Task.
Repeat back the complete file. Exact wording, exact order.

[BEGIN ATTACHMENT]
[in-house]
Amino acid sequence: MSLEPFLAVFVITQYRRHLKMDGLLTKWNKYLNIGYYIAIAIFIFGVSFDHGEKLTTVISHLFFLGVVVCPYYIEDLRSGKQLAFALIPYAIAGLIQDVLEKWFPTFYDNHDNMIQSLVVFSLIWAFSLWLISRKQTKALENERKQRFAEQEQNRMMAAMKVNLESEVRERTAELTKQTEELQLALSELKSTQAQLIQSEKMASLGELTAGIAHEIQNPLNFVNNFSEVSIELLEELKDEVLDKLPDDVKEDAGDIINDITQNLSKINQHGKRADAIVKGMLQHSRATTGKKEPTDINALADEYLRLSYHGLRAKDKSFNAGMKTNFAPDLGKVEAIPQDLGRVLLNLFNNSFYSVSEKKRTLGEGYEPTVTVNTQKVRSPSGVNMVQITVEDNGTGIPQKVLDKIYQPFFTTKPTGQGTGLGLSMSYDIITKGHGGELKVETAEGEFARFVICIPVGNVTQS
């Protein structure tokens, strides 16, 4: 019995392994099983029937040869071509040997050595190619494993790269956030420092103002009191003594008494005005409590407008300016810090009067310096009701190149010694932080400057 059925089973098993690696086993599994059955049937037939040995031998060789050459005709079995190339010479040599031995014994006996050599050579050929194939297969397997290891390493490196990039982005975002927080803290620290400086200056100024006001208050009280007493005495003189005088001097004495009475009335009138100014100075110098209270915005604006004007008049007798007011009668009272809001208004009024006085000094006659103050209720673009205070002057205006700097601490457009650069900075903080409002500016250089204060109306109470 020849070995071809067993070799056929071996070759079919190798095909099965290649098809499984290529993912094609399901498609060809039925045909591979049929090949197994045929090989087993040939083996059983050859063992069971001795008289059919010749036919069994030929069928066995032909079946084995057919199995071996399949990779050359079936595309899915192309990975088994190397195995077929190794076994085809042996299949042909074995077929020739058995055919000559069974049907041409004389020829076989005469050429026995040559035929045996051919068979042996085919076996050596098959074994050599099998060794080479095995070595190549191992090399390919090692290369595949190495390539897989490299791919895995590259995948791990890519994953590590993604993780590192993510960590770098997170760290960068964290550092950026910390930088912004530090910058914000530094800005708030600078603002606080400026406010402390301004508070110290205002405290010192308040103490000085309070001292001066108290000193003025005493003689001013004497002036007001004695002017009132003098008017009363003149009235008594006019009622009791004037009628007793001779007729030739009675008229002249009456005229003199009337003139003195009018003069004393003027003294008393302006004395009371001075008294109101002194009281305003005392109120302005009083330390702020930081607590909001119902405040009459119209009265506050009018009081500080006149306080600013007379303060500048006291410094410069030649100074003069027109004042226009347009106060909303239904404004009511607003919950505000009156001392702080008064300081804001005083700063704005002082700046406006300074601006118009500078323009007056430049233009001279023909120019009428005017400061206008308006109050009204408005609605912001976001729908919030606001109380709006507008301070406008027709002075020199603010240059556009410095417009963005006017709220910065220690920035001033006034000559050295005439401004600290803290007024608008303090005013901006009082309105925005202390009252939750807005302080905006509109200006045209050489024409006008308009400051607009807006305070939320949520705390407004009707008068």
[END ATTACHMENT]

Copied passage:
[in-house]
Amino acid sequence: MSLEPFLAVFVITQYRRHLKMDGLLTKWNKYLNIGYYIAIAIFIFGVSFDHGEKLTTVISHLFFLGVVVCPYYIEDLRSGKQLAFALIPYAIAGLIQDVLEKWFPTFYDNHDNMIQSLVVFSLIWAFSLWLISRKQTKALENERKQRFAEQEQNRMMAAMKVNLESEVRERTAELTKQTEELQLALSELKSTQAQLIQSEKMASLGELTAGIAHEIQNPLNFVNNFSEVSIELLEELKDEVLDKLPDDVKEDAGDIINDITQNLSKINQHGKRADAIVKGMLQHSRATTGKKEPTDINALADEYLRLSYHGLRAKDKSFNAGMKTNFAPDLGKVEAIPQDLGRVLLNLFNNSFYSVSEKKRTLGEGYEPTVTVNTQKVRSPSGVNMVQITVEDNGTGIPQKVLDKIYQPFFTTKPTGQGTGLGLSMSYDIITKGHGGELKVETAEGEFARFVICIPVGNVTQS
């Protein structure tokens, strides 16, 4: 019995392994099983029937040869071509040997050595190619494993790269956030420092103002009191003594008494005005409590407008300016810090009067310096009701190149010694932080400057 059925089973098993690696086993599994059955049937037939040995031998060789050459005709079995190339010479040599031995014994006996050599050579050929194939297969397997290891390493490196990039982005975002927080803290620290400086200056100024006001208050009280007493005495003189005088001097004495009475009335009138100014100075110098209270915005604006004007008049007798007011009668009272809001208004009024006085000094006659103050209720673009205070002057205006700097601490457009650069900075903080409002500016250089204060109306109470 020849070995071809067993070799056929071996070759079919190798095909099965290649098809499984290529993912094609399901498609060809039925045909591979049929090949197994045929090989087993040939083996059983050859063992069971001795008289059919010749036919069994030929069928066995032909079946084995057919199995071996399949990779050359079936595309899915192309990975088994190397195995077929190794076994085809042996299949042909074995077929020739058995055919000559069974049907041409004389020829076989005469050429026995040559035929045996051919068979042996085919076996050596098959074994050599099998060794080479095995070595190549191992090399390919090692290369595949190495390539897989490299791919895995590259995948791990890519994953590590993604993780590192993510960590770098997170760290960068964290550092950026910390930088912004530090910058914000530094800005708030600078603002606080400026406010402390301004508070110290205002405290010192308040103490000085309070001292001066108290000193003025005493003689001013004497002036007001004695002017009132003098008017009363003149009235008594006019009622009791004037009628007793001779007729030739009675008229002249009456005229003199009337003139003195009018003069004393003027003294008393302006004395009371001075008294109101002194009281305003005392109120302005009083330390702020930081607590909001119902405040009459119209009265506050009018009081500080006149306080600013007379303060500048006291410094410069030649100074003069027109004042226009347009106060909303239904404004009511607003919950505000009156001392702080008064300081804001005083700063704005002082700046406006300074601006118009500078323009007056430049233009001279023909120019009428005017400061206008308006109050009204408005609605912001976001729908919030606001109380709006507008301070406008027709002075020199603010240059556009410095417009963005006017709220910065220690920035001033006034000559050295005439401004600290803290007024608008303090005013901006009082309105925005202390009252939750807005302080905006509109200006045209050489024409006008308009400051607009807006305070939320949520705390407004009707008068």